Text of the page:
Alex tugged on the crate, ensuring the come-a-longs binding it to the floor were secure, then closed the vehicle. Then, after glancing around again, Alex headed down a narrow alleyway between two houses that connected the back corner of Washington Elementary School's playground to the street.
Alex's heart thumped. Dropping off unmarked packages for Jacket had crossed a barbed line, but Alex desperately needed the money. With each delivery, Jacket had angled Alex closer, twisting the cords of consignments into strings of shoplifting, then braiding those strings into ropes of robberies. The more Alex complied with Jacket's demands, the more treacherous they became.
The Nguyen boy hadn't been Alex's fault. His dad had shown up and honked just as Alex moved in. Fortunately, Alex's lure that day had been a bouquet of colorful mylar balloons, and handing one of the tethered orbs to the Nguyen child and a few other nearby children had diffused the situation. Mr. Nguyen looked suspicious but hadn't called the cops.
The failure hadn't sat well with Jacket nor stopped him and his punk parade from driving their disappointment home by shooting Alex through the foot with a nail gun. Alex could still feel the sting of walking three miles out of the industrial district before prying that lesson from foot and shoe with a pair of rusty Craftsmen pliers.
"Jacket," Alex said, scratching Chess between the ears. "His name's probably something plain, like Ted."
Chess mewed and tried to nibble on Alex's little finger.
"Isn't that always the case with psychopaths?" Alex said, stopping before the end of the alley.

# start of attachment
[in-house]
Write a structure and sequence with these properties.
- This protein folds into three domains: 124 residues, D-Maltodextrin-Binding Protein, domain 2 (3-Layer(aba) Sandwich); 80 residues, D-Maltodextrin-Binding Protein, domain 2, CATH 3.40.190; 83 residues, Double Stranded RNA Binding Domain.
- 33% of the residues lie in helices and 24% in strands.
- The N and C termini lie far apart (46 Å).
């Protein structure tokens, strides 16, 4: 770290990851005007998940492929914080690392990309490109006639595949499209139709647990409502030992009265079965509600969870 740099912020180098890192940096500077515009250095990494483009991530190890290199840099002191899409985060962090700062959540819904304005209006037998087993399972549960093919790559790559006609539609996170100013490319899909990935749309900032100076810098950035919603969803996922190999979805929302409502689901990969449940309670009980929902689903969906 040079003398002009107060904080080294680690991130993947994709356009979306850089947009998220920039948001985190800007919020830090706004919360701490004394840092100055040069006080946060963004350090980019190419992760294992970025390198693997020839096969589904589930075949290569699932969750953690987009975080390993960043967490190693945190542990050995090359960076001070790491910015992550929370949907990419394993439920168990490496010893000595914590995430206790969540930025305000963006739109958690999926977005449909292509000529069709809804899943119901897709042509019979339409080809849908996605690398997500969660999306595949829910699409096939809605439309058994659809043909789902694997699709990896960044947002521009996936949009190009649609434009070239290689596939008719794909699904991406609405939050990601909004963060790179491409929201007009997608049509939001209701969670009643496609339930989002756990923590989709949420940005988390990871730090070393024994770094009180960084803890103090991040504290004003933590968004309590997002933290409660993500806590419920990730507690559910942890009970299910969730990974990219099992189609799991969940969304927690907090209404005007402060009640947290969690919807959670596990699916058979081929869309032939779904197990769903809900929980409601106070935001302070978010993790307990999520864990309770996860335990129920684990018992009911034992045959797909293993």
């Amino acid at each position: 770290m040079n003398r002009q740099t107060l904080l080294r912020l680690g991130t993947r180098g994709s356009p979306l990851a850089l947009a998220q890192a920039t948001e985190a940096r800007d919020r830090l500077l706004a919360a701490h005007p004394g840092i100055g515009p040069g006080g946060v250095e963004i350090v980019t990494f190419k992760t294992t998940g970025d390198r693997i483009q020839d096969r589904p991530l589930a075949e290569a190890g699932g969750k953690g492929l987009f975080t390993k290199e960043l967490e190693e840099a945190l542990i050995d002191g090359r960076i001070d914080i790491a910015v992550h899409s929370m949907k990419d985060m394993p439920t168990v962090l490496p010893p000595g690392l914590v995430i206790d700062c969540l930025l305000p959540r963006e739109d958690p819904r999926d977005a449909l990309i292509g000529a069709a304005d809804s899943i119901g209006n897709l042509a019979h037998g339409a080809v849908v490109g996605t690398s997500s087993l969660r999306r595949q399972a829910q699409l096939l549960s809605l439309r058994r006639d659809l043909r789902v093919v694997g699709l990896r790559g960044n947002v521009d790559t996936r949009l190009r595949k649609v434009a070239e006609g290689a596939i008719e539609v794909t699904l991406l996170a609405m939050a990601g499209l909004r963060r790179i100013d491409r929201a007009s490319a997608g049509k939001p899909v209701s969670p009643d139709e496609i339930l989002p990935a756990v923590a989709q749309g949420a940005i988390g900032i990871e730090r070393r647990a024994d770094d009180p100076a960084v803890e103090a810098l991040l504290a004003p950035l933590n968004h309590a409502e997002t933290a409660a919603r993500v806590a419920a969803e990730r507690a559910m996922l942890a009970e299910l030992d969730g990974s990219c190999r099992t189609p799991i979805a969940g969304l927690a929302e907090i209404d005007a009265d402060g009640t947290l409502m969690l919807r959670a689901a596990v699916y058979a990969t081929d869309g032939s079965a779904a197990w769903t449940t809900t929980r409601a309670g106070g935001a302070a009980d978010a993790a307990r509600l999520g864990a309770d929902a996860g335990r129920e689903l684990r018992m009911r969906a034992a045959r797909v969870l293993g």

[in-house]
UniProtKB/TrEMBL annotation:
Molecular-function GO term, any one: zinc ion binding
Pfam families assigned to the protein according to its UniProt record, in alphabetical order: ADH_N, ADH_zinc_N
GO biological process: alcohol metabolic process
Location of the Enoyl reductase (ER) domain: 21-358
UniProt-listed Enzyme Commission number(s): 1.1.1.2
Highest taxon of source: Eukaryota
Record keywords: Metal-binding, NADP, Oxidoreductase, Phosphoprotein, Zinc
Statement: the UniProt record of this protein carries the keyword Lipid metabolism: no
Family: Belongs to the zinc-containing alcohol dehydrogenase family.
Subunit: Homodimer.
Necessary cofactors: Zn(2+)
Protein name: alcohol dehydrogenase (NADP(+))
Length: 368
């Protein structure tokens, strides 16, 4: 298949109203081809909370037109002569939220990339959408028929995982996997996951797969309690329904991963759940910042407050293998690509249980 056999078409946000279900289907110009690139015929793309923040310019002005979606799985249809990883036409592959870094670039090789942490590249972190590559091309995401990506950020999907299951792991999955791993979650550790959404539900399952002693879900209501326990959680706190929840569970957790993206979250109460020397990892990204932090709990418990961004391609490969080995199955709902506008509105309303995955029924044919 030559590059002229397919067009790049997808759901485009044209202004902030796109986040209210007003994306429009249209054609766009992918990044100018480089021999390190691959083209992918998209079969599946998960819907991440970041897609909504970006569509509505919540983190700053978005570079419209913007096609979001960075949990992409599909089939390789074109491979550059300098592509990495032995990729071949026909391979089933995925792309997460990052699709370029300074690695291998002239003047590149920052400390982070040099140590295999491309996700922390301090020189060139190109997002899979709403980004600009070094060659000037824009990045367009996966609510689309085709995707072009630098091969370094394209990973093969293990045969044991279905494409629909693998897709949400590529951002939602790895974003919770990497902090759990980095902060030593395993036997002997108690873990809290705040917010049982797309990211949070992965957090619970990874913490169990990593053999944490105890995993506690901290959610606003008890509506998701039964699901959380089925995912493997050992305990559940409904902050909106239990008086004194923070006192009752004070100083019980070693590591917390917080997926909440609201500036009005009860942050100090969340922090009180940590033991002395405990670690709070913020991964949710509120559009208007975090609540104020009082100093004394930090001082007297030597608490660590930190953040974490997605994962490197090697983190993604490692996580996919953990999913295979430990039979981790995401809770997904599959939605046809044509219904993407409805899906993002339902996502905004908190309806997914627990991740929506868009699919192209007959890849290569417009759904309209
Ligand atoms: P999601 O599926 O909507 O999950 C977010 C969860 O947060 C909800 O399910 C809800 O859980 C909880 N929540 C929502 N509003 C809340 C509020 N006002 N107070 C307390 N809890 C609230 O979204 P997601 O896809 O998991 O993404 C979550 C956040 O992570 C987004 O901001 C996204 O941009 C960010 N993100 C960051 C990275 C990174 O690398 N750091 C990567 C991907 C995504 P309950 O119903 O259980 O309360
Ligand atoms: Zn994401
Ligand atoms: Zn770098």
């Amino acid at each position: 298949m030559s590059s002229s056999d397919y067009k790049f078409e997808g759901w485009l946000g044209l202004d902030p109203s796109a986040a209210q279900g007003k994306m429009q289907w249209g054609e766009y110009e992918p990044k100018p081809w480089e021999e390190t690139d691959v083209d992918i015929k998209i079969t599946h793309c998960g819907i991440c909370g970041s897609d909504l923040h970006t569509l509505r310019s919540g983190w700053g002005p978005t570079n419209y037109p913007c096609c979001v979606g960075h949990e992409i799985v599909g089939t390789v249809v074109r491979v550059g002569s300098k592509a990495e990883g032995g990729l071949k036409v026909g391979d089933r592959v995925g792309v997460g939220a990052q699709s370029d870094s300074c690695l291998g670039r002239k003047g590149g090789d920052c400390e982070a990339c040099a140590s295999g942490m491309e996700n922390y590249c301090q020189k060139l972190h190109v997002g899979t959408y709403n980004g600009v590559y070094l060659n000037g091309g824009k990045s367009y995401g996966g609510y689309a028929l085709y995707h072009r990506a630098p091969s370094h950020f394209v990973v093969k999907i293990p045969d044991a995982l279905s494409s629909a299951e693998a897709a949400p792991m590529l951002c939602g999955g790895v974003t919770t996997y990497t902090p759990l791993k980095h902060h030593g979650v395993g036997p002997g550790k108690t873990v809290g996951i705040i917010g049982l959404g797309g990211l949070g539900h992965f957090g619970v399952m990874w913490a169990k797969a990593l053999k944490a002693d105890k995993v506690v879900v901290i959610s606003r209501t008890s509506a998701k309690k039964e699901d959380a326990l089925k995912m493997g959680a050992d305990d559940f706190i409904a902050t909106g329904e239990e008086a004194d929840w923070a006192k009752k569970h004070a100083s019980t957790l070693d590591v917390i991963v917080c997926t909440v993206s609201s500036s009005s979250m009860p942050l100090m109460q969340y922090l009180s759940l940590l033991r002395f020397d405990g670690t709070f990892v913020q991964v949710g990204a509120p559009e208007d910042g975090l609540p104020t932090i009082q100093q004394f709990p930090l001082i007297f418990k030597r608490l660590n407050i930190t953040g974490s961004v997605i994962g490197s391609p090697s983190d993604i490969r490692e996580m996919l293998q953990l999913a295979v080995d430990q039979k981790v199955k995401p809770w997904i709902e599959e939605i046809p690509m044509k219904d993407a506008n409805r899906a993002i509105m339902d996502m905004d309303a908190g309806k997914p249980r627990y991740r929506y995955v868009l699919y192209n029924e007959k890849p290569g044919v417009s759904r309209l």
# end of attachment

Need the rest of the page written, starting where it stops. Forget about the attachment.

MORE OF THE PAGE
As it had when Alex cased the area earlier, the Doberman Pinscher in the yard to the east started running along the fence, barking and growling. The dog had marched the grass down to bare dirt on its side of the diamond-mesh fence running this daily patrol.
Alex fished a spicey Slim Jim from a coat pocket, gnawed the packaging off, and stabbed the peppered meat through the fence. The Doberman barked several times and then sniffed at the beef stick. Finally, satisfied with the scent, the dog tugged the treat through the chain-link with its teeth and wandered further into the yard to enjoy its prize.
"I hope you get the squirts, damned dog."
After silencing the dog, Alex walked to the end of the alley and leaned on the galvanized railing that prevented people from riding motorcycles through the passage. The playground was still empty. Alex checked the time and figured the school would ring the bell to release its students in a minute or two.
Alex walked back a few steps, even with the windowless side of the house to the east, where no one could see. The Doberman had inhaled the Slim Jim but sat quietly in the yard, still tonguing the corners of its mouth.
I should run!
Alex stood, both feet nailed to the cement, mind fleeing through a maze of options. Left. Left. Right. Back.
I should run.
Each revision ended with an image of Jacket pissing on an impromptu grave.
Should I run?
Alex impaled the thought of escape and buried it beneath a mountain of terror as the school's dismissal bell peeled in the distance.
Alex jumped to the other side of the alley and dropped Chess into the narrow bed of spurge and goosegrass that had grown between the chain-link on this side of the student passage and the sun-peeled wooden privacy fence enclosing the yard to the west.
Chess twisted both ends of his body awkwardly against each other on the way down and landed on his feet in the strip of fall-dried weeds with a distressed meow.
"Sorry, buddy. It's just for a sec."
Alex rechecked the time, tugged the coat's zipper against the Halloween breeze, and waited for the grade-school groups of plausible deniability to arrive.